Over the years, in an effort to remain ahead of the competition, there have been a number of technical advances which have stretched the rules to the very limit, such as Brabhams ‘Fan Car’. Many have never made it off the drawing board, others have, only to be banned, after contesting only one race in the case of the fan car.
Over the history of Formula One a recurring theme is that of the six-wheeler, now specifically banned, but at one time March, Tyrrell and Williams all had six wheeled cars in various stages of development. All had the same objective – more grip. Of the three the Tyrrell P34 was the most successful and remains the only six-wheeled car to have won a race, Sweden in 1976, when Patrick Depailler followed home Jody Scheckter.
Williams had two attempts at a six-wheeled car – the FW07C and a year later the FW08D.
After carrying out some detailed calculations, Patrick Head reached the conclusion that the very large contemporary rear tyres used by F1 cars were responsible for something in the order of 40 per cent of the machine’s overall aerodynamic drag. His wind tunnel investigations had suggested that a six-wheeler, using four small rear wheels to do the driving, would offer a significant performance improvement.
The rival March team had made a prototype of a similar system back in 1977, but lacked the necessary funds to develop the concept. Head, however, pressed on with his interpretation of the theme.
Hewland, the Maidenhead, UK, based specialist gear manufacturers, offered some assistance with the package, drawing on the experience gained with March.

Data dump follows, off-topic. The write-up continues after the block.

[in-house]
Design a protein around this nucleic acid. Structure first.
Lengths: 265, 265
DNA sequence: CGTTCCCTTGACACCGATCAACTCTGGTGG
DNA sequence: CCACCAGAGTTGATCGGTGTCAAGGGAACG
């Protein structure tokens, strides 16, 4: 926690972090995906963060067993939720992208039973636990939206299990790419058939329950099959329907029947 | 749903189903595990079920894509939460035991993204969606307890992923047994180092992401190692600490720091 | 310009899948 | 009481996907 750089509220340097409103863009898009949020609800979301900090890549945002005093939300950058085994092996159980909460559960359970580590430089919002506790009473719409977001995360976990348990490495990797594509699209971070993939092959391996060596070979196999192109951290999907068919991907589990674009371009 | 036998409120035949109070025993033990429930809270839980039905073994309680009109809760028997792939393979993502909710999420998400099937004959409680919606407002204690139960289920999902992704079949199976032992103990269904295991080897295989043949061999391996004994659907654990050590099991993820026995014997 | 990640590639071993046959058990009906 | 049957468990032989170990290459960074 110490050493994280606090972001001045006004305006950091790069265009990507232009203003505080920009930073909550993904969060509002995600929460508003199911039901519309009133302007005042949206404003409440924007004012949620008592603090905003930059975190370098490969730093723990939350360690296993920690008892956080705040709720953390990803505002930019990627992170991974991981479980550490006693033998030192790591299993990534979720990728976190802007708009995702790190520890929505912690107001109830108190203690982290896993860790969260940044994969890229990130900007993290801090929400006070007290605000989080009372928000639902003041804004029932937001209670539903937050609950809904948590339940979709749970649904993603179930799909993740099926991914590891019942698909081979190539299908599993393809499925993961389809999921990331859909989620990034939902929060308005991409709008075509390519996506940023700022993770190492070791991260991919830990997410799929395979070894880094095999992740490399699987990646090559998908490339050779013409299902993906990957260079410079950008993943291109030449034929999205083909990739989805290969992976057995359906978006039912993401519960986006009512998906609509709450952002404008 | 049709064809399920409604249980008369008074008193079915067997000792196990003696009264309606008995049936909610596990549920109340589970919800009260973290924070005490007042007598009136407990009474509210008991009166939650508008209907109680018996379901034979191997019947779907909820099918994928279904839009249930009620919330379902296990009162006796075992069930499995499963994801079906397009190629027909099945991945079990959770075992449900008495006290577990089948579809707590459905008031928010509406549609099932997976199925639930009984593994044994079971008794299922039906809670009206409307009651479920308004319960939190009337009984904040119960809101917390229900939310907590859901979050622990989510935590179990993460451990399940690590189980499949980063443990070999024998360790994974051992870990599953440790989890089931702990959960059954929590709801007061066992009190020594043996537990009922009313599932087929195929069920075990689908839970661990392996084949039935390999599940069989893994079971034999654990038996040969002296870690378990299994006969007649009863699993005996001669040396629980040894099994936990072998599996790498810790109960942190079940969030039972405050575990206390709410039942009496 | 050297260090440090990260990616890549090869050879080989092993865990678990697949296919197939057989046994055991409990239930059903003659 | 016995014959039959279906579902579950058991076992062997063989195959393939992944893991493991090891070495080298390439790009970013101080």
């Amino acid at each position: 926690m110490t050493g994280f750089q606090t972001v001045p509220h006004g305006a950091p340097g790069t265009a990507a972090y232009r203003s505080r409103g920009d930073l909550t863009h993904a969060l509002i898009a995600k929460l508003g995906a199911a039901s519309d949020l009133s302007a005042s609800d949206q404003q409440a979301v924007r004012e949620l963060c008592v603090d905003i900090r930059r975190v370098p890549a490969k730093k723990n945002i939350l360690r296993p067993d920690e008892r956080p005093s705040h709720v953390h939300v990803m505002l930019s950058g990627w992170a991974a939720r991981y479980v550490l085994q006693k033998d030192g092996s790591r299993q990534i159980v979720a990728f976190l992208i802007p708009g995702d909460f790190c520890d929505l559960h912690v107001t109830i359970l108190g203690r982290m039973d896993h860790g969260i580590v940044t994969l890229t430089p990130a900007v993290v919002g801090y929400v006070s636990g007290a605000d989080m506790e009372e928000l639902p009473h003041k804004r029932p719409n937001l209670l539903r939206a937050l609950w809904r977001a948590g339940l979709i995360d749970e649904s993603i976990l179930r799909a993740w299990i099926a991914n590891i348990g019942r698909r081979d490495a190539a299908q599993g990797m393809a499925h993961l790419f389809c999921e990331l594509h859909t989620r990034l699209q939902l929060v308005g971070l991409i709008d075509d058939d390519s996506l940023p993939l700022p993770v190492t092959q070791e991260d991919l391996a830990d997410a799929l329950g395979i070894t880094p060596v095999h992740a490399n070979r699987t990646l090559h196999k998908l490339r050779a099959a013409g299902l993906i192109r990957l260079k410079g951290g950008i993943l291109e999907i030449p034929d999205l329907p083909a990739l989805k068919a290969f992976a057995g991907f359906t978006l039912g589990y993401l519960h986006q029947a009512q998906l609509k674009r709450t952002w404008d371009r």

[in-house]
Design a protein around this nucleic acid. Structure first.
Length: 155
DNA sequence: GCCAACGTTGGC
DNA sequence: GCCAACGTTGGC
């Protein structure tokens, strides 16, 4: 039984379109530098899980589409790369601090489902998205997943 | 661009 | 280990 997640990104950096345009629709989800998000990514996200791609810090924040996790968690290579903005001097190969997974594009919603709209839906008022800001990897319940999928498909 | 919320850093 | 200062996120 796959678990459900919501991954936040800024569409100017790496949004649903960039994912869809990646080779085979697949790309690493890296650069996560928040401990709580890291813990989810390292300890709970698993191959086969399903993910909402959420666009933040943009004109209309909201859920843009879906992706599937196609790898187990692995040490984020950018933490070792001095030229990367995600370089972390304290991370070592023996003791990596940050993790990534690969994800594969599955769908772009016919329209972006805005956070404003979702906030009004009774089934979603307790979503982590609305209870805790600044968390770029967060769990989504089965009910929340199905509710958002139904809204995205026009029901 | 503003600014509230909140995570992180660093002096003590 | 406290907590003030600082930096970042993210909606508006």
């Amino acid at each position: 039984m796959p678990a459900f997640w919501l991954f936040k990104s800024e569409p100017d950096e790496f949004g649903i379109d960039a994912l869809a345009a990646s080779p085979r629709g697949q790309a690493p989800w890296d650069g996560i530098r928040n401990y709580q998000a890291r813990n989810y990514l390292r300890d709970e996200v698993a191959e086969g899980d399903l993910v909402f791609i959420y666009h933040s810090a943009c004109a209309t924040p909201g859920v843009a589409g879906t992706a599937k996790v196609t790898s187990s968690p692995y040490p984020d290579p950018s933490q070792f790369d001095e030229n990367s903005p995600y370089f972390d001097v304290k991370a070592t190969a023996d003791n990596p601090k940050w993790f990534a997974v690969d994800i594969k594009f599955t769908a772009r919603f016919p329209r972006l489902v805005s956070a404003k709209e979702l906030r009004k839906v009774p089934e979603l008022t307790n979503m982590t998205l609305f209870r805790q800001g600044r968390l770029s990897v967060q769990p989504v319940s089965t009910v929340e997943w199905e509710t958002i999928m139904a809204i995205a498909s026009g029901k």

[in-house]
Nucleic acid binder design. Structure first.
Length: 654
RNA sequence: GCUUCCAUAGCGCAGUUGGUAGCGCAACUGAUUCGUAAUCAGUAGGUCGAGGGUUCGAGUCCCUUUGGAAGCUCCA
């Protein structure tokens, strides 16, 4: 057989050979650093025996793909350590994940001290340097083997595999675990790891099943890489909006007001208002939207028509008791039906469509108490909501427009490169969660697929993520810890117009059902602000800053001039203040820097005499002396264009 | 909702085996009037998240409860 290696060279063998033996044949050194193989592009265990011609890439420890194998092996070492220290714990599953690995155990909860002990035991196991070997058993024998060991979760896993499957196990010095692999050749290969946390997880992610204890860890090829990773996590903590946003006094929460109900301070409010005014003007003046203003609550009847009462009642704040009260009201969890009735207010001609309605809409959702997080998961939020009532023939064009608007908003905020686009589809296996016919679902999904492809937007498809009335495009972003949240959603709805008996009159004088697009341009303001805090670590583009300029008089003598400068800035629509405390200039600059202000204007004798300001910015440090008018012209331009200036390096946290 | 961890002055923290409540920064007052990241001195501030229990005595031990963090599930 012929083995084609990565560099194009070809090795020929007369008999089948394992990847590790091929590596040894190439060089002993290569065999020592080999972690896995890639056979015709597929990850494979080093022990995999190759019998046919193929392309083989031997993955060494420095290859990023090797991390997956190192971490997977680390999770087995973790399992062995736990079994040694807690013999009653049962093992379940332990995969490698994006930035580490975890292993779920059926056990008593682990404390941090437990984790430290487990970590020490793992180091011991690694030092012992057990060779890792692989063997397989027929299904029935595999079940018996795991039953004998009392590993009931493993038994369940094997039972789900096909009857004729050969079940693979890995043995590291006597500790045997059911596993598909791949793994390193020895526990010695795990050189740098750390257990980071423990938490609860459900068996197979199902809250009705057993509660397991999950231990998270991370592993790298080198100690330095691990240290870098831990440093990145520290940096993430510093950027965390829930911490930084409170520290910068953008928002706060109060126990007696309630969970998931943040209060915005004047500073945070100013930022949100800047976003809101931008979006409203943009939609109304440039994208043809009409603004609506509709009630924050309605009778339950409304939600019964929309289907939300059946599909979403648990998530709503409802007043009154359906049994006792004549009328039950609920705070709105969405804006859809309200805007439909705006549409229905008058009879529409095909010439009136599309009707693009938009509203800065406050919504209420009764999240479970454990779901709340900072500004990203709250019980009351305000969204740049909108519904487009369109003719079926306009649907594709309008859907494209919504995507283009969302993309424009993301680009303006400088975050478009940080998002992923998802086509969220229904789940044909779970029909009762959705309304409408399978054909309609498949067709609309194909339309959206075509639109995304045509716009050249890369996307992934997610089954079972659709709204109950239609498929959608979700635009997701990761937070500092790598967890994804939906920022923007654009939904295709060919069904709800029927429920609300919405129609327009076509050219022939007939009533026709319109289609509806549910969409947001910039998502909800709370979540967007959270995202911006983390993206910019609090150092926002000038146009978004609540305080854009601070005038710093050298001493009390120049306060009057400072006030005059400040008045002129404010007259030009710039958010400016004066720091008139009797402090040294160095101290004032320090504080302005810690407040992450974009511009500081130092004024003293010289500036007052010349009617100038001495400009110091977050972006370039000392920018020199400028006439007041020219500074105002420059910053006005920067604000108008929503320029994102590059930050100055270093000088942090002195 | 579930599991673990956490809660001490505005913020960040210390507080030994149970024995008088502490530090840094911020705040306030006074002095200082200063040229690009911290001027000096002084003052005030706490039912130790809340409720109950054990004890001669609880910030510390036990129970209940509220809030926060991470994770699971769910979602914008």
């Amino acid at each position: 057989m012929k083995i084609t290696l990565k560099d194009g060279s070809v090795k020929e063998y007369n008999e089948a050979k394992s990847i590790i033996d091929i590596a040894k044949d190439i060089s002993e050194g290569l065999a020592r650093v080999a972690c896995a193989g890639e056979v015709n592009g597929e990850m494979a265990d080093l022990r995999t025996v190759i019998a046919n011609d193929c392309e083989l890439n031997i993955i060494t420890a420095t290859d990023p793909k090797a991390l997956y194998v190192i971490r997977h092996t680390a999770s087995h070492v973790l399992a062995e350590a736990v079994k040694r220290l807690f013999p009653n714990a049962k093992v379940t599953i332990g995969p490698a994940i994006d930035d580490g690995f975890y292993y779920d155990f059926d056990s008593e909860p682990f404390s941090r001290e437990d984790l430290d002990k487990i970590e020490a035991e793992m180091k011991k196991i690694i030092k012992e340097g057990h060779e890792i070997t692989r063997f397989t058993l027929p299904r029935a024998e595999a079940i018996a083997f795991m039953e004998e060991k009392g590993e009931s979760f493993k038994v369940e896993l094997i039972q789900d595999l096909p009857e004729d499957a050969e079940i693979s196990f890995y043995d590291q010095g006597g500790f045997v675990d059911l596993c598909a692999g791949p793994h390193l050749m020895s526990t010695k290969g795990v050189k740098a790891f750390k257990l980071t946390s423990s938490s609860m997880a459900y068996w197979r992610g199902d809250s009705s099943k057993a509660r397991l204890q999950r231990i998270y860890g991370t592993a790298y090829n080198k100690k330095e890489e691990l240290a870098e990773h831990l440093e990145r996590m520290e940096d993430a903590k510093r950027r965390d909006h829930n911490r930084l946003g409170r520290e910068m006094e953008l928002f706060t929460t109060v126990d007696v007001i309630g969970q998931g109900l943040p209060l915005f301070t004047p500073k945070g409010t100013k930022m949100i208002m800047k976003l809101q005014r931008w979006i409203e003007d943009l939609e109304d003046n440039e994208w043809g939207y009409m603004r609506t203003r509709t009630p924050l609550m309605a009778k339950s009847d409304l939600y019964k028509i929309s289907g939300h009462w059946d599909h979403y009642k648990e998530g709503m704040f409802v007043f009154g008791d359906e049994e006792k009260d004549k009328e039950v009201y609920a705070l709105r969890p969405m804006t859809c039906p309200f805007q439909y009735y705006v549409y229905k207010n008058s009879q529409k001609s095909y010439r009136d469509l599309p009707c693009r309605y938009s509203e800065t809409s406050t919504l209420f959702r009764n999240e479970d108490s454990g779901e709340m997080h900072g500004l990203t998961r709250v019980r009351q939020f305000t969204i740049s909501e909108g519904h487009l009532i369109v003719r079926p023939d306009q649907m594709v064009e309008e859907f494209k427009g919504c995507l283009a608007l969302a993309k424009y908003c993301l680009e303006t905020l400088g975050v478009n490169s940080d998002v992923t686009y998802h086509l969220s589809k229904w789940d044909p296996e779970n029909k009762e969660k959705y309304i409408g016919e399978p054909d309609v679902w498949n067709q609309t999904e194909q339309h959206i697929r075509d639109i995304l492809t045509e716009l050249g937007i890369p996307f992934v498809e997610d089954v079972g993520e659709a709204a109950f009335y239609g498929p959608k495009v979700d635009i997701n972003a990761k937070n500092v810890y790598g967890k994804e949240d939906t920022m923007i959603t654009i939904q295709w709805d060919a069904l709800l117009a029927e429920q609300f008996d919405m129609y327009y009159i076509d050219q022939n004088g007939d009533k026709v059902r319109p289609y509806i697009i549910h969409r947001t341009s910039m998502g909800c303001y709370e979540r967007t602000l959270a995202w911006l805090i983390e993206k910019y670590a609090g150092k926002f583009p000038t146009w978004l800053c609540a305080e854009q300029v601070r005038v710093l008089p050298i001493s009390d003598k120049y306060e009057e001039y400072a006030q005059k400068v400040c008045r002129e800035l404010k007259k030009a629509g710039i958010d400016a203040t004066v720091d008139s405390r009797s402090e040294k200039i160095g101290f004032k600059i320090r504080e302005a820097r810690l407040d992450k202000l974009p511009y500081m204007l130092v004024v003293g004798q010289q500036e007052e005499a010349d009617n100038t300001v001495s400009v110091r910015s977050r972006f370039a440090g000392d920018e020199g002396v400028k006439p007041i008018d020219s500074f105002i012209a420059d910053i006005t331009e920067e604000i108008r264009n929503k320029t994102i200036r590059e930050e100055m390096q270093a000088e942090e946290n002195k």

The new rear end set-up was centred on the conventional two-wheeled drive car’s rear axle centre line, so the leading rearward axle of the six-wheeler was placed four inches ahead of the regular position and the drivershafts angled to cope. The rearward axle was driven be an additional final drive unit added on to the back of the transmission package.
The prototype Williams FW07D six-wheeler was sampled by Alan Jones at Donnington Park just after his victory in the 1981 Caesars Palace Grand Prix at Las Vegas, his final triumph for the team. He was impressed, but it’s rocket-like acceleration and outstanding grip were not in themselves enough to persuade the tough Aussie to revoke his retirement decision.
The system surfaced again during 1982 when Keke Rosberg tried an FW08, similarly equipped, during testing at Paul Ricard. Patrick had to re-think the concept to overcome the difficulty of packaging the aerodynamic underwings, but the whole project came to nothing when six-wheelers were specifically banned at the start of 1983.
One of the original cars is now held within the Williams Collection and is occasionally taken out. It was raced by Jonathan Palmer at the Goodwood Festival of Speed in 1994, setting the course record against more powerful machinery, showing what a force it could have been.